Cooee Art was established in 1981 and is Australia’s oldest exhibiting Indigenous art gallery.
The gallery has presented the finest Aboriginal and First Nations art through their exhibition program for over 40 years showing the work of over 150 individual artists.
The Cooee Art stockroom includes contemporary Aboriginal paintings, rare bark paintings and artefacts, early desert boards and acrylic paintings as well as sculpture and limited edition fine art prints.
Cooee Art Auctions provide an informed and professional approach to buying and selling art in the secondary market. We are a market leader with specialist knowledge and proven results.
We offer collectable Australian and International artworks for sale by auction and private treaty.
Cooee Art Auctions work with artists, galleries, museums and private collections bi-annually to curate and consign artworks across two separate departments – Indigenous Fine Art and Modern & Contemporary Fine Art.
Our auctions and previews for potential buyers and collectors are presented in the Cooee Art premium 480sqm hybrid gallery and auction space in Paddington.
Cooee Art has created a comprehensive art market analytics tool with easy navigation. The information we provide is designed to be an invaluable resource for art consultants, valuers, and industry professionals and to serve the interests of artists, galleries, institutions, art centres, collectors and researchers.
Each artist is ranked according to their career, and annual artist ranking index. Detailed profiles, market analysis and performance indicators are provided for a growing list of artists along with the artworks that have achieved their ten highest results at auction.
Current Indigenous Art Market
Provides professional advice on the Indigenous art market in line with other investment categories, thereby serving the interests of artists, galleries and collectors.
Cooee Art Founding Director Adrian Newstead OAM has more than 20 years experience in valuing Aboriginal art and artefacts (pre-contact to Contemporary).
EXHIBITION AND EVENT MANAGEMENT
Cooee Art curates and coordinates exhibitions on behalf of charitable organisations, commercial businesses and galleries in Australia and overseas utilising its extensive contacts with individual artists, artists’ agents, galleries and important private and public collections.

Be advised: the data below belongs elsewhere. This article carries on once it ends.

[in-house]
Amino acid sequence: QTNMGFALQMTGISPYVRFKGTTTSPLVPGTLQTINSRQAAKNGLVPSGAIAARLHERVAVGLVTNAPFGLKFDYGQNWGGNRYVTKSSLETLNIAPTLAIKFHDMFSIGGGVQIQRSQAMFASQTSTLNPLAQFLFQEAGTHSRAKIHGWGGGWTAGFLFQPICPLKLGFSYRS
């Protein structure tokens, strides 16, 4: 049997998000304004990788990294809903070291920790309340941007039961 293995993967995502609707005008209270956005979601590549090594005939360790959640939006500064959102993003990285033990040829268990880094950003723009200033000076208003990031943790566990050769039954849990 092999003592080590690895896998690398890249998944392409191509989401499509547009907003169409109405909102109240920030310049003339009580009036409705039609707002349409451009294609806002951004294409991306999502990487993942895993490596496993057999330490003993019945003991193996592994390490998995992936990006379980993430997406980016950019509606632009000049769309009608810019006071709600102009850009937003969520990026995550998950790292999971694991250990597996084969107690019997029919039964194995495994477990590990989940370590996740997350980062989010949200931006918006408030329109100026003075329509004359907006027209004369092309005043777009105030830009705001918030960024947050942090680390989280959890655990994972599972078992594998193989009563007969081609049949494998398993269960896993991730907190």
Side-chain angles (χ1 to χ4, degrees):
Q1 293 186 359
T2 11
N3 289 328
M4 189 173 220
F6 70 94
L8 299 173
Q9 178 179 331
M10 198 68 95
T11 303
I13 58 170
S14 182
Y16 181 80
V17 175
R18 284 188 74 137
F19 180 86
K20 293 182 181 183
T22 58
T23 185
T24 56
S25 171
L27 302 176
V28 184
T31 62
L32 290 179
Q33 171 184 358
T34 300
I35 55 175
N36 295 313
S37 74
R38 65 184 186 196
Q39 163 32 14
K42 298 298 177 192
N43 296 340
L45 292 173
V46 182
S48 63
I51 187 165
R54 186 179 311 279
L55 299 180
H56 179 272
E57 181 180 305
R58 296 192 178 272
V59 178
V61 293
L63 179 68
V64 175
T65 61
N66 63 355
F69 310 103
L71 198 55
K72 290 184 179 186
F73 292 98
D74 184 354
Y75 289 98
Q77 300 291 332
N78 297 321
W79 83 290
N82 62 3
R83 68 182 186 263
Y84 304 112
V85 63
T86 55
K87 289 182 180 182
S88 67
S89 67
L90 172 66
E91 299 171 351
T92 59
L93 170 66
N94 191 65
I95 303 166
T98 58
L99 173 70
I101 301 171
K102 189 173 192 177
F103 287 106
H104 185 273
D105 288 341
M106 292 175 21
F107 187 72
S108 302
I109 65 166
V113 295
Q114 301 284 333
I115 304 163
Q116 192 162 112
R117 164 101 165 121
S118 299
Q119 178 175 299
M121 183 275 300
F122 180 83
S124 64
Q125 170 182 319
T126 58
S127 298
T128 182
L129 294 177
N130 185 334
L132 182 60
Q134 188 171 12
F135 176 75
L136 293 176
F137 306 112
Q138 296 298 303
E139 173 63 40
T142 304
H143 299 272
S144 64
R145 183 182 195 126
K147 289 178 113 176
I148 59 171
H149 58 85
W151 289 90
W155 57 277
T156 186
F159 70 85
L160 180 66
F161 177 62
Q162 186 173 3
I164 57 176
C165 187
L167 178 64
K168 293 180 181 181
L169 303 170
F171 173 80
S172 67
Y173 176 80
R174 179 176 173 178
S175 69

The gallery occupies the ground floor of a distinctive and prominently located building only minutes from Surry Hills, Redfern, and Waterloo’s art districts. Originally the headquarters and state-of-the-art factory of Foster Clark custard, 17 Thurlow St later became the studio and assembly for iconic Australian artist Ken Done. Now, Cooee Art’s flagship gallery, the space has been designed with a modern aesthetic whilst retaining elements of its past. A blank canvas, the space offers versatility to cater for a variety of purposes – including private events, art exhibitions, launch events, photo shoots, or performances.
Cooee Art was originally established in 1981 and runs a hybrid art model to represent and support artists in an ethical and sustainable way. We have two galleries, our flagship gallery in the heart of Aboriginal Sydney in Redfern and a boutique showroom gallery in Australia’s iconic Bondi Beach along with a seperate fine art auction wing, Cooee Art Auctions established in 2017. Cooee is now Australia’s oldest exhibiting Indigenous art gallery. Since first working with Australian Aboriginal artists in 1981, we have presented the finest First Nations art through exhibitions and events in Australia, Europe, and the Americas.
Warmun Art Centre, WA Cat No. 225/06 Niagara Galleries, Vic Cat No. 9962 Private Collection, Vic
Lena was born at Warnmarnjooloogoon Lagoon (near Greenvale Station) and grew up in Thildoowam country, also known as Old Lissadell Station. Like other Aboriginal people living in the East Kimberley at this time, Lena was put to work on the station at an early age under conditions akin to indentured labour. Here she worked a wide range of jobs, including mustering cattle, milking cows, and general station duties. Lena moved to the new Lissadell Station when it was relocated for the development of Lake Argyle. This region is of special significance to Lena, who remembers the water for the Ord River Irrigation Scheme covering her country and all of its significant sites.
Lena paints two principal Dreamings. The first is Jimbirla. Jimbirla are the sharp quartz-like stones used by Gija people of the past to make spear tips. These are found in abundance in Nyadbi’s father’s country, which lies to the north of Warmun.
The second is Dayiwool Lirlmim – the scales that scraped off the Ngarranggarni (Dreaming) barramundi, as she jumped through a range of hills escaping from the Spinifex nets of women who were trying to catch her. The gap her body made in the rock is the current site of the Argyle Diamond Mine and the diamonds are her scales. Lena paints, what she describes as her ‘poor bugger country’, as mining physically renders what were once mountains into plains.
In 2006, Lena was one of eight Indigenous artists from Australia featured in the Musée du quai Branly project in Paris, which involved reproducing her work in concrete relief on the façade of the building. This relationship continued in 2013, when Lena’s ‘Dayiwool Lirlmim’ was recreated in large scale on the rooftop of the museum, visible from atop the Eiffel Tower.